Family Vacations to Barbuda

Family Overview - Barbuda
Barbuda's claims some of the most pristine beaches in the Caribbean (Erika Hunter Lloyd)

Barbuda Family Travel Tips

  • See local fishermen sorting their catch in the harbor.
  • Picnic on one of the Caribbean’s most beautiful beaches.
  • Stroll deserted soft-sand beaches laced with tiny pink shells.
  • Watch graceful frigate birds circle and swoop down to feed their young.
  • Explore the cliffs and caves of Two Foot Bay.

An 18-minute flight, or three-hour ferry ride, takes passengers from Antigua to its sister island Barbuda. A required day trip for beach aficionados, bird lovers, fishing enthusiasts, and those who want a glimpse of the unspoiled Caribbean, Barbuda caters to seekers of sun, sand, and seclusion. With merely three major hotels (all upscale), a handful of guest cottages, and a population of 1,500 to 2,000 people, the island remains relatively untouched by the outside world. Most Barbudans live in or near Codrington, the major town, and fish for a living. Stroll by the dock in late morning to watch the fishermen sort grouper, tiger fish, and lobster as seagulls swarm above the boats.

The Frigate Bird Sanctuary, situated on the island's northwestern lagoon, provides a home for about 5,000 birds—the largest frigate bird colony in the Caribbean. Fregata magnificens, with wing spans up to eight feet and finely-honed flight skills, nest here. These pirates of the air harass pelicans, egrets, and less-capable birds until they drop their catch. Then the frigates swoop in and steal the other bird's food, thus their colloquial name, "man-o-war bird." From a boat, watch these giants land in the dense mangroves to feed their screeching young. In mating season, mid-August to November, the males puff out their scarlet neck pouches to the size of balloons to attract females.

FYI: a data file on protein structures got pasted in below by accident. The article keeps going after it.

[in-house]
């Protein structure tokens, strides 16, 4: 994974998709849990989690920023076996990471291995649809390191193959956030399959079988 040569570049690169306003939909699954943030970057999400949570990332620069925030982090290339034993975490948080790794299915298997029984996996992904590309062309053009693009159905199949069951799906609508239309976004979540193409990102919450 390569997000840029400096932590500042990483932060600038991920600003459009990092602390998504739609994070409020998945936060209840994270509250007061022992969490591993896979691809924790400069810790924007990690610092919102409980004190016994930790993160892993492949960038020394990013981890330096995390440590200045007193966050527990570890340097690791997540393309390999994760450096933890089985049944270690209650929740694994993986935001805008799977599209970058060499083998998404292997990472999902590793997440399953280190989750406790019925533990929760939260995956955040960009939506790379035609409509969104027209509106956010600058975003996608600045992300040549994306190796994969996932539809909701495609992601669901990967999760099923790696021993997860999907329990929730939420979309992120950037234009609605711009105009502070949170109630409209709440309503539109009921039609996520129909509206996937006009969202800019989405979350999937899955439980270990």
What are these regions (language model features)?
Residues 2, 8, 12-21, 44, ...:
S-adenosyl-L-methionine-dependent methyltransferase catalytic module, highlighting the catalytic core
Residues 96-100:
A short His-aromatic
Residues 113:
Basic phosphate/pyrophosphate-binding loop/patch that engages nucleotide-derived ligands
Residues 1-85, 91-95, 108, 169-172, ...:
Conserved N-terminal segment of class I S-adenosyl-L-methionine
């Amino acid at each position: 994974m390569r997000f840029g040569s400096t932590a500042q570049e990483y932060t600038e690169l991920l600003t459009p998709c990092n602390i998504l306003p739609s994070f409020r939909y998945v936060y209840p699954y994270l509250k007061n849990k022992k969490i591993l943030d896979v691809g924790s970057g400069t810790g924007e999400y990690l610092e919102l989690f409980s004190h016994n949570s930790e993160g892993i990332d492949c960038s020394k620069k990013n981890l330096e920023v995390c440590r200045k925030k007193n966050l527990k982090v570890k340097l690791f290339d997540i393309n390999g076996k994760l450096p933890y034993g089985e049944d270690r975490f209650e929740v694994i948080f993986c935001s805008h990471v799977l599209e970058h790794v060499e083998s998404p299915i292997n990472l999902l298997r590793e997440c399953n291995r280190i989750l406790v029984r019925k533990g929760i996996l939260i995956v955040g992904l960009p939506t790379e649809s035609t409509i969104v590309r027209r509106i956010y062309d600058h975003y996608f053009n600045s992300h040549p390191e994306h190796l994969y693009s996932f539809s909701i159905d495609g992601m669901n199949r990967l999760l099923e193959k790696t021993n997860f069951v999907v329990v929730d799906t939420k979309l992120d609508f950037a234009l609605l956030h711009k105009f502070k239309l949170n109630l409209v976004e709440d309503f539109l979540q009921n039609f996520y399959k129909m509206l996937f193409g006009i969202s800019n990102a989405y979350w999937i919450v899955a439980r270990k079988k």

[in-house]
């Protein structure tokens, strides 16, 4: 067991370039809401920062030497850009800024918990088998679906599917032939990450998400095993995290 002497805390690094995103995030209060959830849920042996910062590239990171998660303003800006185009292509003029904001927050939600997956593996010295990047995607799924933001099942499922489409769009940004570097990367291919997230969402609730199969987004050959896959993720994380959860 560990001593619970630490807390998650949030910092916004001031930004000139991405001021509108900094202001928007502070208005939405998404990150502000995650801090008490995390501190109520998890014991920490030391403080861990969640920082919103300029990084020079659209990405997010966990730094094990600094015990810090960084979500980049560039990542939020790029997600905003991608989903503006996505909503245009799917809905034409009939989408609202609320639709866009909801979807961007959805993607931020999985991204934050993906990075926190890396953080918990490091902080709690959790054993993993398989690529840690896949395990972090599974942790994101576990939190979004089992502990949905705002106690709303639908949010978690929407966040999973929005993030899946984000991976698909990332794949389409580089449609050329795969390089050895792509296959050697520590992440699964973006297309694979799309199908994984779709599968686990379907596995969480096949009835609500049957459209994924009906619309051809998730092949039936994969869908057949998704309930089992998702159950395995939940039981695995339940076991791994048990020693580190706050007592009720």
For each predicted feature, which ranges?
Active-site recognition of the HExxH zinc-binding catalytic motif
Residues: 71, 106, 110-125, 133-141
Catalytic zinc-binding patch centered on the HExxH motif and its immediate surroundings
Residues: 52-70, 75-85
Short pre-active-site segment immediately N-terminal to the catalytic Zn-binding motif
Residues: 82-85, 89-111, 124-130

Barbuda's beaches, especially those on the Caribbean side, are pristine, nearly deserted, powder-soft sands. Palmetto Beach, or 17-Mile Beach, is easily one of the Caribbean's most beautiful. Millions of rosy shells brought by the afternoon tide lace the shores with ribbons of pink hues. While the sands are beautiful, be cautious in the sea, as even calm waters may have strong currents. Before swimming anywhere, even on Palmetto Beach, ask your local guide if it's safe and always swim with a buddy. White Bay Beach, on the southeast side of the island, has relatively calm waters due to a nearby barrier reef. Along with no footprints, most beaches on Barbuda offer no snack bars or bathrooms. Therefore, bring a picnic lunch and lots of water, or stop first at a local restaurant for take-out food.

Guides may also take you to explore the cliffs and caves of Two Foot Bay, a national park. Brown sand, barrel cactus, crashing waves, and 140-foot rock ledges characterize the area.

Tip: Ahead of time, book a flight and a guide with access to a boat and a car. Some tour guides include Paradise Tours Barbuda, Lynton Thomas (268.773.9957); D & J Forwarders and Tours (268.464.9453; 268.728.0773); Byron Askie, owner of the Green Door Tavern (Green Door Tavern, 268.562.3134; cell, 268.773.6082); Mcarthur Nedd offers day trips and fishing trips, and he and his wife operate a guest house (268.460.0059 or 268.724.7490).
(www.barbudaful.net)


Away.com's resident family expert Candyce Stapen has written the book on family travel, having authored some 1,400 travel articles and 27 books, 26 of them on family travel. She is the winner of the 2004 "Caribbean Travel Writer of the Year for North America" award and a three-time winner of the Society of American Travel Writers' Lowell Thomas Travel Journalism award. Her articles have appeared in publications including Nick Jr , FamilyFun , Parents , Better Homes & Gardens , Conde Nast Traveler , National Geographic Traveler , and the Family Travel Network , among others. Her book, the National Geographic Guide to Caribbean Family Vacations is available from Amazon.com.

Published: 26 Nov 2007 | Last Updated: 9 Aug 2012
Details mentioned in this article were accurate at the time of publication

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